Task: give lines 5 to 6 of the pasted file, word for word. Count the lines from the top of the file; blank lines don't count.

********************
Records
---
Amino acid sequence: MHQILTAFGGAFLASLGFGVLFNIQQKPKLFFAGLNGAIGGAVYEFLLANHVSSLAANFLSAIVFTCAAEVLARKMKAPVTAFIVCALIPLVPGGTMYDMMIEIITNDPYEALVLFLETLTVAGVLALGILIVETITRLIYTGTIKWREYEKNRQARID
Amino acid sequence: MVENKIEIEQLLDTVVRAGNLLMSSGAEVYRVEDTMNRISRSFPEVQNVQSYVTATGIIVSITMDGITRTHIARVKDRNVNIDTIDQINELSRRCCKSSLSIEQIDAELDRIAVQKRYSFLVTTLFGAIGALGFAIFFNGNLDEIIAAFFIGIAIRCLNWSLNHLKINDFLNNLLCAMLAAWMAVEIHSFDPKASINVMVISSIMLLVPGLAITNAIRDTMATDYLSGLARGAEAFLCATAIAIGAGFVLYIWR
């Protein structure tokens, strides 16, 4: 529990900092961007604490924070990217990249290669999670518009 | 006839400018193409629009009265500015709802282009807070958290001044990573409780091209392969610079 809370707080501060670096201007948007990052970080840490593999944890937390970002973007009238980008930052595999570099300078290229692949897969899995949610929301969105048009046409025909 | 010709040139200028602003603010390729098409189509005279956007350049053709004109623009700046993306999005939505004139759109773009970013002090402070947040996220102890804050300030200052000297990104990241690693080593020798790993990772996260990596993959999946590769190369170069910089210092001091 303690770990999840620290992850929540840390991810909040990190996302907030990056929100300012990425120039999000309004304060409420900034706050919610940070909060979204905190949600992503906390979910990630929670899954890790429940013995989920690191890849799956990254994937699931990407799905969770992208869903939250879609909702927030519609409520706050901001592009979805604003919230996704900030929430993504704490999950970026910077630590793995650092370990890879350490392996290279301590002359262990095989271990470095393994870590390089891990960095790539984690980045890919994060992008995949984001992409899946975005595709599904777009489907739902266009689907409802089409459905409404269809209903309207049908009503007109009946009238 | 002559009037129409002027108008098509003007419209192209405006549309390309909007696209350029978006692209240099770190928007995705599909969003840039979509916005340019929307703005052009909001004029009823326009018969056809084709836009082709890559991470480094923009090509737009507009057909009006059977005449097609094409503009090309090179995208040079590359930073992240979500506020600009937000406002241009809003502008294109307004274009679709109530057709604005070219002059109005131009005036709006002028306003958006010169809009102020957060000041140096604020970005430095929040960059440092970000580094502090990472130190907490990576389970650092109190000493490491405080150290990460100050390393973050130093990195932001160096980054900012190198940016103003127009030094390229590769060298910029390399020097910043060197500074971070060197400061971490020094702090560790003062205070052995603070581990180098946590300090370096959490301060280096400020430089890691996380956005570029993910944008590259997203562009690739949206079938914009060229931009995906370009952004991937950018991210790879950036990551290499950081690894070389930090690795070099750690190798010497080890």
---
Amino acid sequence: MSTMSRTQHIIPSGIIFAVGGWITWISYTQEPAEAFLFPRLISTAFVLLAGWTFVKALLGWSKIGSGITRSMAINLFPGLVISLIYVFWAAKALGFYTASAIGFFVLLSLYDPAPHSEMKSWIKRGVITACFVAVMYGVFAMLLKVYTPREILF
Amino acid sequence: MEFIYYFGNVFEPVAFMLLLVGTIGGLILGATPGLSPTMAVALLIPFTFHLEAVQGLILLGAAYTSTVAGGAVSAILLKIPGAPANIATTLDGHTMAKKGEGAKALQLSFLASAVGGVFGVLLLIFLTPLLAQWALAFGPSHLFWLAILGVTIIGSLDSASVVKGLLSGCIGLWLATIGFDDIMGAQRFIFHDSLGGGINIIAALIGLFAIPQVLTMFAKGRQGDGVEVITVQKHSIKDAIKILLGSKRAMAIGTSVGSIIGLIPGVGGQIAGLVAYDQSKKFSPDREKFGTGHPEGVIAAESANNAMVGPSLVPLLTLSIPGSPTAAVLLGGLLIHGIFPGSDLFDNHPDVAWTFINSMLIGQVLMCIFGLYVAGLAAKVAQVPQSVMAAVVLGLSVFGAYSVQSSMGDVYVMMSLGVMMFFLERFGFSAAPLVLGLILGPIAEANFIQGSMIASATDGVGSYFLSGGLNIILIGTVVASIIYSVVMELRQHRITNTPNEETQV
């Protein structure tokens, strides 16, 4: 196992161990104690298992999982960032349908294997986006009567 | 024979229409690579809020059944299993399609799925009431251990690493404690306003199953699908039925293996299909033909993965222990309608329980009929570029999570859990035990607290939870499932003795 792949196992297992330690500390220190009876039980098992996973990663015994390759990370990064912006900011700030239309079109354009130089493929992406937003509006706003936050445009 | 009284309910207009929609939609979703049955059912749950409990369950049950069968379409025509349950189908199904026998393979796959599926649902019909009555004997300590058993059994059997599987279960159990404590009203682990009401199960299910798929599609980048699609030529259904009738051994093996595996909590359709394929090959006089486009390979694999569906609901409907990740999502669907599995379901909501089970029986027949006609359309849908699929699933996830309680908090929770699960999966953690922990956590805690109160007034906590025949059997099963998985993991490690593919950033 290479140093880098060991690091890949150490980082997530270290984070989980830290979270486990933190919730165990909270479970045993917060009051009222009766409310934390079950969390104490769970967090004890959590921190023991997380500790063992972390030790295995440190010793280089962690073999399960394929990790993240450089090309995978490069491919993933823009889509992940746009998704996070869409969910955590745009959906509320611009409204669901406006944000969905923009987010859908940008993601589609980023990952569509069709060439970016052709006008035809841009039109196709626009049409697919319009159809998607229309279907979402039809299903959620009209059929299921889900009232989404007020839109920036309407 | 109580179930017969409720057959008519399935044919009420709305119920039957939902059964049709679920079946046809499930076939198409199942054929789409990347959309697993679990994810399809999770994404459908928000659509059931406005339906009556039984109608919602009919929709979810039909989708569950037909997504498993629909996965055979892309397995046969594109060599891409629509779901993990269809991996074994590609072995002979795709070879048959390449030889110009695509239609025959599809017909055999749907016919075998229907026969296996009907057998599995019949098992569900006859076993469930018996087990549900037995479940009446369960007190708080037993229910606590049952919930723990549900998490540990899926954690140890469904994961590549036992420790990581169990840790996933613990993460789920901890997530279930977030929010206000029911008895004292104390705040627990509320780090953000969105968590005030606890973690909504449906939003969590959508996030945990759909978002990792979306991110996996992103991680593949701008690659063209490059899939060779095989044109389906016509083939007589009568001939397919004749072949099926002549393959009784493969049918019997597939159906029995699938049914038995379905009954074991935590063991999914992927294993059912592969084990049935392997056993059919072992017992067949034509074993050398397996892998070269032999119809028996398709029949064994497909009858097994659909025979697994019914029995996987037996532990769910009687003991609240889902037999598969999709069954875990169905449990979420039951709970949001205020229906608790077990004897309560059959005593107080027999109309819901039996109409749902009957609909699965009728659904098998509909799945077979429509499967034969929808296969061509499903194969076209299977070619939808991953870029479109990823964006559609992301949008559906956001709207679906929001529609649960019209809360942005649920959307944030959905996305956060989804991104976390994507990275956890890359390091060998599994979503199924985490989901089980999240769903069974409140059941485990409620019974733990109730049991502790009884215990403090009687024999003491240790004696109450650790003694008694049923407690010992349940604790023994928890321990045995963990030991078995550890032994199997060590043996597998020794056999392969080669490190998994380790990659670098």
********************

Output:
């Protein structure tokens, strides 16, 4: 529990900092961007604490924070990217990249290669999670518009 | 006839400018193409629009009265500015709802282009807070958290001044990573409780091209392969610079 809370707080501060670096201007948007990052970080840490593999944890937390970002973007009238980008930052595999570099300078290229692949897969899995949610929301969105048009046409025909 | 010709040139200028602003603010390729098409189509005279956007350049053709004109623009700046993306999005939505004139759109773009970013002090402070947040996220102890804050300030200052000297990104990241690693080593020798790993990772996260990596993959999946590769190369170069910089210092001091 303690770990999840620290992850929540840390991810909040990190996302907030990056929100300012990425120039999000309004304060409420900034706050919610940070909060979204905190949600992503906390979910990630929670899954890790429940013995989920690191890849799956990254994937699931990407799905969770992208869903939250879609909702927030519609409520706050901001592009979805604003919230996704900030929430993504704490999950970026910077630590793995650092370990890879350490392996290279301590002359262990095989271990470095393994870590390089891990960095790539984690980045890919994060992008995949984001992409899946975005595709599904777009489907739902266009689907409802089409459905409404269809209903309207049908009503007109009946009238 | 002559009037129409002027108008098509003007419209192209405006549309390309909007696209350029978006692209240099770190928007995705599909969003840039979509916005340019929307703005052009909001004029009823326009018969056809084709836009082709890559991470480094923009090509737009507009057909009006059977005449097609094409503009090309090179995208040079590359930073992240979500506020600009937000406002241009809003502008294109307004274009679709109530057709604005070219002059109005131009005036709006002028306003958006010169809009102020957060000041140096604020970005430095929040960059440092970000580094502090990472130190907490990576389970650092109190000493490491405080150290990460100050390393973050130093990195932001160096980054900012190198940016103003127009030094390229590769060298910029390399020097910043060197500074971070060197400061971490020094702090560790003062205070052995603070581990180098946590300090370096959490301060280096400020430089890691996380956005570029993910944008590259997203562009690739949206079938914009060229931009995906370009952004991937950018991210790879950036990551290499950081690894070389930090690795070099750690190798010497080890």
---